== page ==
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4 Ways Gig Economy Workers Can Financially Prepare for an Economic Slowdown


The way Americans work is changing. Today, a significant percentage of people are earning at least a portion of their income through freelancing or by working short-term jobs in what many are calling the 'gig economy.' Although the government doesn't have an exact number of those who are earning a living through the gig economy, according to the Federal Reserve definition of a gig worker, the number may be as high as 75 million.1 While the Bureau of Labor tries to get a handle on the actual number of gig workers, most gig workers are much more concerned about finding new ways to survive the increasingly frequent economic slowdowns. 

Preparing for an unexpected and possibly prolonged reduction in income due to a lousy economy is vital for everyone, but it is even more urgent for workers who lack some of the safety nets those with more stable jobs enjoy. If you work in the gig economy, you can help protect your finances with these four tips. 

1. Save More Money

Everyone should be saving more, but if you can't depend on a steady paycheck or unemployment insurance, having a substantial cushion of cash is essential. While the standard suggestion of keeping four months of your current living expenses on hand may work for people with full-time jobs, gig workers should try to sock away anything between six and nine months of cash reserves. Investing anything over this amount in risk-free investments such as CDs can typically help offer even more security. 

2. Review and Lower Your Monthly Expenses

How much money did you spend last month on eating out, the internet bill, or buying gas for your car? If you don't know, it is probably time to take a hard look at where all your money is going. Although most people would prefer to do just about anything other than going through their finances, it is the best way to identify ways you can cut back on your spending. Once you know where you are spending your money, you can find ways to eliminate or reduce excessive expenses to help you reach your overall financial goals.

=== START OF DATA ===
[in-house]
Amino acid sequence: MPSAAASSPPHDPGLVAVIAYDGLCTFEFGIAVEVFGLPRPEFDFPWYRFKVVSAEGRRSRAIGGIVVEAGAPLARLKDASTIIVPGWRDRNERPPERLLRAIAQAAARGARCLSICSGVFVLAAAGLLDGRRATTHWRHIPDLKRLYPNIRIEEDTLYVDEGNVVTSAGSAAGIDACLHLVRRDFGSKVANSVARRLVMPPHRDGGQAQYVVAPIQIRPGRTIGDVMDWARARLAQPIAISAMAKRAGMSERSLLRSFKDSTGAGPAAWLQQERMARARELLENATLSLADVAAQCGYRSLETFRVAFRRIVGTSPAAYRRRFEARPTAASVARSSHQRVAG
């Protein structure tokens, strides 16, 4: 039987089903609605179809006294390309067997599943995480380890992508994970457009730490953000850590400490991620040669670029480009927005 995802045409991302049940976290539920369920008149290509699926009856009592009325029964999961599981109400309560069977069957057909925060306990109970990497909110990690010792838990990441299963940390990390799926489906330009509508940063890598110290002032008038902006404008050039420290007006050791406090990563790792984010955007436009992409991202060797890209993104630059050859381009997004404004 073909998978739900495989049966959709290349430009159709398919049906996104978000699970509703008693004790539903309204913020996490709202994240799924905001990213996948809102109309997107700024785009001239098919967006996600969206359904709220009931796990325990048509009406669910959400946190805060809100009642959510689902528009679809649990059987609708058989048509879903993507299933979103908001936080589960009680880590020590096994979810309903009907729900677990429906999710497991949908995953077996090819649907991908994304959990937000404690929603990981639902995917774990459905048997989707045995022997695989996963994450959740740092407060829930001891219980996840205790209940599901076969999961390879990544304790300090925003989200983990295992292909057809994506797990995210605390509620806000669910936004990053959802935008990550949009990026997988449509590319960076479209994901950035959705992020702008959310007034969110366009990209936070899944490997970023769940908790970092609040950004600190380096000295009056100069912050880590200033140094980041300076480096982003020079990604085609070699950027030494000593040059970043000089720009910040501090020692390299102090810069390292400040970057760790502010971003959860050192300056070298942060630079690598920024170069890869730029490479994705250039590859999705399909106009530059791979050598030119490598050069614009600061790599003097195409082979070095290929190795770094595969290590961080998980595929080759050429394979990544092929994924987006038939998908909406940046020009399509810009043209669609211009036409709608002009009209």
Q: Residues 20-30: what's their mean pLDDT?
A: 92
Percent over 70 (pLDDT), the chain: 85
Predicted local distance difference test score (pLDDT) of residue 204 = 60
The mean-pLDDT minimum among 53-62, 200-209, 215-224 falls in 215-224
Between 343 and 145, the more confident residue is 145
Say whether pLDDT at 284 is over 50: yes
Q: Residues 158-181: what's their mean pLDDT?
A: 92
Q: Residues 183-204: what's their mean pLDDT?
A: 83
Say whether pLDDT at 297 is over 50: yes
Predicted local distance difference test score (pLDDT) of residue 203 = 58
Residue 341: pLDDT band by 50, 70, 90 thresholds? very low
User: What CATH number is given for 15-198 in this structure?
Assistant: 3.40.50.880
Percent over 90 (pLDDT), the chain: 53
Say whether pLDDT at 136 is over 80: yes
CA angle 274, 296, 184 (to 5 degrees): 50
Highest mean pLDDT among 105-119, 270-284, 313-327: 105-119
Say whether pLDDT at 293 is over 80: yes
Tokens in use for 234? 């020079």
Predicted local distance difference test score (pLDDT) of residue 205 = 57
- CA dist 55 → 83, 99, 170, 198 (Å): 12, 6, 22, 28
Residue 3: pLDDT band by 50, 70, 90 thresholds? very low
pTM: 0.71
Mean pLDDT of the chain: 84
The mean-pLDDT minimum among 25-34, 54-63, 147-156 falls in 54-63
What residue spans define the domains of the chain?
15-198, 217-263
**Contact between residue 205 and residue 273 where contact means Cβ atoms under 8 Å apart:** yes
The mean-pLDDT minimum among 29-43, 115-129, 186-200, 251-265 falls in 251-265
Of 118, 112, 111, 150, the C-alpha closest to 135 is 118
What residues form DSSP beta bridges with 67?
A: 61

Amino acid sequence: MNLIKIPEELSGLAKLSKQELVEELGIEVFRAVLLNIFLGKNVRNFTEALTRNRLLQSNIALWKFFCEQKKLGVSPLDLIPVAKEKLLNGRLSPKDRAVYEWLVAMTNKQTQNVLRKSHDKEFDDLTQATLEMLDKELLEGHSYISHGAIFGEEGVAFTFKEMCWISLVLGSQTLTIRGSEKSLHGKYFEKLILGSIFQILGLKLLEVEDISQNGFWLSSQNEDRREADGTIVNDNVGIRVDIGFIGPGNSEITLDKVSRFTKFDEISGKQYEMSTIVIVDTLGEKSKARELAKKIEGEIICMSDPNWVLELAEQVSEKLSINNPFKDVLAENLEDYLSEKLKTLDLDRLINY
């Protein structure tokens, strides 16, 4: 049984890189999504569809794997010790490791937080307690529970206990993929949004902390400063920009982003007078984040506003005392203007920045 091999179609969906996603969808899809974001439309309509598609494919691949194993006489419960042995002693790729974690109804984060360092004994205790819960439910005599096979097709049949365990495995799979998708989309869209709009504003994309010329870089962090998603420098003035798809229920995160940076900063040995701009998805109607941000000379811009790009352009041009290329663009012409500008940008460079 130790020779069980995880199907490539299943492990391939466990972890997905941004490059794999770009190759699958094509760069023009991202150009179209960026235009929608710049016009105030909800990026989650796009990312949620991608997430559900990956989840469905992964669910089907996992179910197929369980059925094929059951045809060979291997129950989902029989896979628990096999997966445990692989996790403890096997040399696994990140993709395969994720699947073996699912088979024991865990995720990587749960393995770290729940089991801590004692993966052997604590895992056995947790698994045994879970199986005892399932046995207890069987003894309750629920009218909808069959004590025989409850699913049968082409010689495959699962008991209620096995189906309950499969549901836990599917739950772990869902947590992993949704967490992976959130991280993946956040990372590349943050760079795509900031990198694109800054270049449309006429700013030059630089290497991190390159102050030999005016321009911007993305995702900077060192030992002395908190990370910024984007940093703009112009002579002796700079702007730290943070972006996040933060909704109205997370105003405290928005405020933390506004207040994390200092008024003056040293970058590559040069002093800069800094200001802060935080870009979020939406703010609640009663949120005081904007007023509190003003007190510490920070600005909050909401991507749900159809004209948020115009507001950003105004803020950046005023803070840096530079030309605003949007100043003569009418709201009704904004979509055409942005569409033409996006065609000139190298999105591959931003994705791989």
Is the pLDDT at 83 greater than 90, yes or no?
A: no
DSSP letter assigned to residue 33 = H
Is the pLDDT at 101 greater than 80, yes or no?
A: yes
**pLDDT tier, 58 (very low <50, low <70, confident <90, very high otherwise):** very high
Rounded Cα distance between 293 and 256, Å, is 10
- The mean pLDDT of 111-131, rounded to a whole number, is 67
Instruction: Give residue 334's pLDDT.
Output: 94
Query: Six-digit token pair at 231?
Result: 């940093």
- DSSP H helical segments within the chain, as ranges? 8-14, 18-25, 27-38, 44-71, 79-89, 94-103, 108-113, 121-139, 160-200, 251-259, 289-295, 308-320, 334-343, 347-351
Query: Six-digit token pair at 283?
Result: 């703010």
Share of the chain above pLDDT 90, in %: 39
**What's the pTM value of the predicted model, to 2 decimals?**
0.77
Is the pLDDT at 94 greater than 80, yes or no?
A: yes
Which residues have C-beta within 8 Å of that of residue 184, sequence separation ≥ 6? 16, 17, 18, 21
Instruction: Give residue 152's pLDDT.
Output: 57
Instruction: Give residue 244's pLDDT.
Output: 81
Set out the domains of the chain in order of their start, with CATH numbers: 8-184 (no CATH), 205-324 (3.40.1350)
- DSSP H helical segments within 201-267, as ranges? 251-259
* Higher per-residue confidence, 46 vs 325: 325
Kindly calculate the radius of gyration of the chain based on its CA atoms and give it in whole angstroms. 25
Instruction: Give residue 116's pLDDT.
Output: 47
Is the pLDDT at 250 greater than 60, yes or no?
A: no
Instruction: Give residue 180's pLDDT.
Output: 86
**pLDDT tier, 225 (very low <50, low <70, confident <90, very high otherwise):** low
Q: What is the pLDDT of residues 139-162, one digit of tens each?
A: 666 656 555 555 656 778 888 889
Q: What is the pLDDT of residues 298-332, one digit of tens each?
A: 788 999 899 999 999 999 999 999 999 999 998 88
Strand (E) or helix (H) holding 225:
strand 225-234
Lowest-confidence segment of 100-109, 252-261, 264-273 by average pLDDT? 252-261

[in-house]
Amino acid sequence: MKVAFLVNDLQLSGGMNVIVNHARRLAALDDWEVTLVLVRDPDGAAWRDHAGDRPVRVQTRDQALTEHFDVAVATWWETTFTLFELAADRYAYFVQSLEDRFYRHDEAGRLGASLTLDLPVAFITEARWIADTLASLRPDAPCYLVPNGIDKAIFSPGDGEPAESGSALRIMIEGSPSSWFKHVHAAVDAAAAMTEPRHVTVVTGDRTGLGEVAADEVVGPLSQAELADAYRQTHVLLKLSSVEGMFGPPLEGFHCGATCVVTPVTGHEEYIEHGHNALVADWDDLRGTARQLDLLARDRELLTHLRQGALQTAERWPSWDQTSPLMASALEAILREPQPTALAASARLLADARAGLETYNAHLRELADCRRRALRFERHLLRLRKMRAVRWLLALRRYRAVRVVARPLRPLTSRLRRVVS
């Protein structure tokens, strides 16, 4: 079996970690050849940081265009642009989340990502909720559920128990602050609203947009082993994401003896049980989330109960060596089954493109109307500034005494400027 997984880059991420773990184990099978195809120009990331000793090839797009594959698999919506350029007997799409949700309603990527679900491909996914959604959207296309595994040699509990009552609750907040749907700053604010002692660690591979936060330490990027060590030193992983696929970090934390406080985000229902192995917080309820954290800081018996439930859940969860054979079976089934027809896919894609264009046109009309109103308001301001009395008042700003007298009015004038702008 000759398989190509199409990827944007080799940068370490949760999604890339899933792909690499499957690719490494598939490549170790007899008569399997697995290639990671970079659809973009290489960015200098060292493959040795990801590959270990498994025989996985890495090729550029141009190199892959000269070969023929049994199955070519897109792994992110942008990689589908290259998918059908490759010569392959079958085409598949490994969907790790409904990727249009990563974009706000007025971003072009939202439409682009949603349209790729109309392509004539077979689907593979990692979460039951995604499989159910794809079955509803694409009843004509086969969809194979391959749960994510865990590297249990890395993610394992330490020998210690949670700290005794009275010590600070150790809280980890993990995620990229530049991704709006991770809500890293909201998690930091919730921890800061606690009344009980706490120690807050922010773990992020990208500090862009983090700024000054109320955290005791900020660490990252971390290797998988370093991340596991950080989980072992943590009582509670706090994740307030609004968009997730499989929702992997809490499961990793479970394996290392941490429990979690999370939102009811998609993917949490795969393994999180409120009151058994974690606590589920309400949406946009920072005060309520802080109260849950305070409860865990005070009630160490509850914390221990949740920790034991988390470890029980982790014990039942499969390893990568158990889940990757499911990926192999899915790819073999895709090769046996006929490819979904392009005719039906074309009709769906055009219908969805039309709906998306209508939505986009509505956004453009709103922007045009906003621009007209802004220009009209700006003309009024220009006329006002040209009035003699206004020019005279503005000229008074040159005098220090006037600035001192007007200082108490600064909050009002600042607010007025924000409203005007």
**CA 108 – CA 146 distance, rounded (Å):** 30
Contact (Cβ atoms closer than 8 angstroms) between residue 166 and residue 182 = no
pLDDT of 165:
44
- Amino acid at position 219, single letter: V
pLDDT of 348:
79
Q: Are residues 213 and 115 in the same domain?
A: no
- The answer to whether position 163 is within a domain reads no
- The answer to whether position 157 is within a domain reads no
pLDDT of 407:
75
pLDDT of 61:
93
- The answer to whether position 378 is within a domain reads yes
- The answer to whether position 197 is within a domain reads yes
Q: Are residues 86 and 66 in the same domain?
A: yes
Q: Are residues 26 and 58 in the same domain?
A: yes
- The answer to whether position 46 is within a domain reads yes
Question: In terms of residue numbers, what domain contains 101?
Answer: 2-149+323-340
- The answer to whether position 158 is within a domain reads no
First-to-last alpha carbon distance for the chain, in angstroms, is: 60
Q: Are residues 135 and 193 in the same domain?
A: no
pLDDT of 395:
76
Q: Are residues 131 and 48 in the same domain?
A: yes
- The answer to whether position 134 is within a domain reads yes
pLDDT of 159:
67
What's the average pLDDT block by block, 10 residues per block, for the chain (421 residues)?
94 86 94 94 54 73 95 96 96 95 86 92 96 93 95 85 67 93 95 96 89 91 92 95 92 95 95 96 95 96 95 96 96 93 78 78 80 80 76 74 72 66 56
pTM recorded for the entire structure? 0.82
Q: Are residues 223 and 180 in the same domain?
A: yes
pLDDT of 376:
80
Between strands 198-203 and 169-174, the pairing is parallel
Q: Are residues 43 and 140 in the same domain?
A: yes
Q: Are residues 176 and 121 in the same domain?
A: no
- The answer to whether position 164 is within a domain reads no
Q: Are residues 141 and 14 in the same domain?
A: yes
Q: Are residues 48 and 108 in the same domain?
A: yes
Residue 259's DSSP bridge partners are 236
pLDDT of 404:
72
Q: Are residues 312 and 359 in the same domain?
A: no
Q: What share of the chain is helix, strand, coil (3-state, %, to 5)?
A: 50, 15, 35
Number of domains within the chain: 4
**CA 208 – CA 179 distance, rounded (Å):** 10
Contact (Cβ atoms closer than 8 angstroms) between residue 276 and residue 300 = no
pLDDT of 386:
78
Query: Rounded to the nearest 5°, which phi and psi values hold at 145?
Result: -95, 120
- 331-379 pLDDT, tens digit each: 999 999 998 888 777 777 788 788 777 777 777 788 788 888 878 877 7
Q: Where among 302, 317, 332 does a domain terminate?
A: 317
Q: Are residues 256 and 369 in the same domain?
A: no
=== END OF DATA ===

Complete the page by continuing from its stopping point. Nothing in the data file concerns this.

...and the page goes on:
3. Create a Bare-Bones Budget

After identifying how you spend your money, think about creating a budget which focuses on only the essential living expenses you need to survive during a recession. Of course, your bare-bones budget will want to take into consideration the cost for items such as mortgage or rent payments, groceries, insurance policy payments, minimum loan repayments, and medical costs, but don't forget about the things you need to run your business. These may include things like your cell phone, internet, or other expenses. Creating a bare-bones budget before you need it will make the transition more manageable if you ever need to cut your spending rapidly. 

4. Reduce Your Debts

Having to make high-interest loan payments when your income is slashed is stressful. Try to lower your outstanding debts by increasing the amount of your current repayments now while you are still earning. You may also want to consider consolidating all of your debts if it will lower your interest rate, or asking your creditors if you can renegotiate your loans. But most importantly, avoid taking on new debts by creating and sticking to a budget, and always paying your entire credit card balance every month. 

The sooner you face the challenge of preparing for the next economic downturn, the better. It can be a considerable task, but you don't have to face it alone. Seeking out the advice of a financial advisor is one of the best ways to safeguard you and your family's future. 

1 www.federalreserve.gov/publications/2018-economic-well-being-of-us-households-in-2017-employment.htm

This content is developed from sources believed to be providing accurate information, and provided by Twenty Over Ten. It may not be used for the purpose of avoiding any federal tax penalties. Please consult legal or tax professionals for specific information regarding your individual situation. The opinions expressed and material provided are for general information, and should not be considered a solicitation for the purchase or sale of any security.